Disadvantages Of Hospital Readmissions

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With readmissions negatively affecting both patients and hospitals, there is an inevitable necessity to decrease readmissions by coordinating discharge practices that guarantee the patient’s understanding of the disease management. Diabetes mellitus is a common comorbid condition in patients and the complexity of diabetes and its management requires diabetes patients to visit hospital more often and increases patients’ risk for complications.
Purpose of the Study
Diabetes mellitus is a prevalent disease in patients who are hospitalized with 9.3 percent diagnosed and 28 percent undiagnosed (Ostling et al., 2017, pg.1). In diabetes care, hospital readmissions have been a major quality concern and hospitalized patients with diabetes have increased chances of being readmitted again compared to those who do not have diabetes (Rubin, 2015, para 1). Chronic complications of diabetes mellitus consist of myocardial infarction, stroke, retinopathy, neuropathy, and nephropathy (Ostling et al., 2017, pg.2). Patients who lack proper education from nurses during discharge about self-management to prevent these complications have a higher risk for readmission. Compared to 8.5 -13.5 percent readmission rates for all hospitalized patients, patients with diabetes mellitus are reported to have a higher readmission rate of 14.4 and 22.7 percent (Ostling et al., 2017, pg.1).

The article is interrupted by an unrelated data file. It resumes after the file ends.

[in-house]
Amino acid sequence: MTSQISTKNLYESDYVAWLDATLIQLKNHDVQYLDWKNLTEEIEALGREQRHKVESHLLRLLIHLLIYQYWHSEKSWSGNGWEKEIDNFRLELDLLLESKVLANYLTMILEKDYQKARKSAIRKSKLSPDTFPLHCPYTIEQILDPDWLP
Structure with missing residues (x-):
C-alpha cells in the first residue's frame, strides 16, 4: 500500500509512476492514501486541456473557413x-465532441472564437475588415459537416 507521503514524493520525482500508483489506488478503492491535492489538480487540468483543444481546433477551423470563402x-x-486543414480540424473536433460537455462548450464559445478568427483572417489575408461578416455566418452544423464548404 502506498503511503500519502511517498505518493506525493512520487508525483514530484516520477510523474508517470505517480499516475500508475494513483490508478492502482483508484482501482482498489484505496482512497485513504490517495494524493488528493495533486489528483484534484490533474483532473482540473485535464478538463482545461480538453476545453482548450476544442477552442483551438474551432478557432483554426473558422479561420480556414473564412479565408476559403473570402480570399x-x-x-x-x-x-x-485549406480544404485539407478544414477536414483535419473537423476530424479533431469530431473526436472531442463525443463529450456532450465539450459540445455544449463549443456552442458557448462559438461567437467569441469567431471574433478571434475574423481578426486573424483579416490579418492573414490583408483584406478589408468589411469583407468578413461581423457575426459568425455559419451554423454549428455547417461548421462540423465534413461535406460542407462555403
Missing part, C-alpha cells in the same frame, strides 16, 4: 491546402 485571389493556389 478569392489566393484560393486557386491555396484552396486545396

Even though these readmissions appear to directly inflict adverse outcomes on only patients, hospitals are negatively influenced too because of rising number of rehospitalizations. Effective for discharges starting from October 1, 2012, in accordance with Patient Protection and Affordable Act, Hospital Readmissions Program established by Social Security Act mandates financial penalties for hospitals with excess readmissions (Centers for Medicare and Medicaid Services, 2016, para. 1). Within 30 days of discharge 20 percent of Medicare patients were readmitted and within 90 days of discharge, 34 percent were readmitted (Polster, 2015, para. 1). Substandard instructions about medications, teachings that is not patient-centered and the failure to provide contact information for any questions the patients have, are some of the factors that result in readmissions
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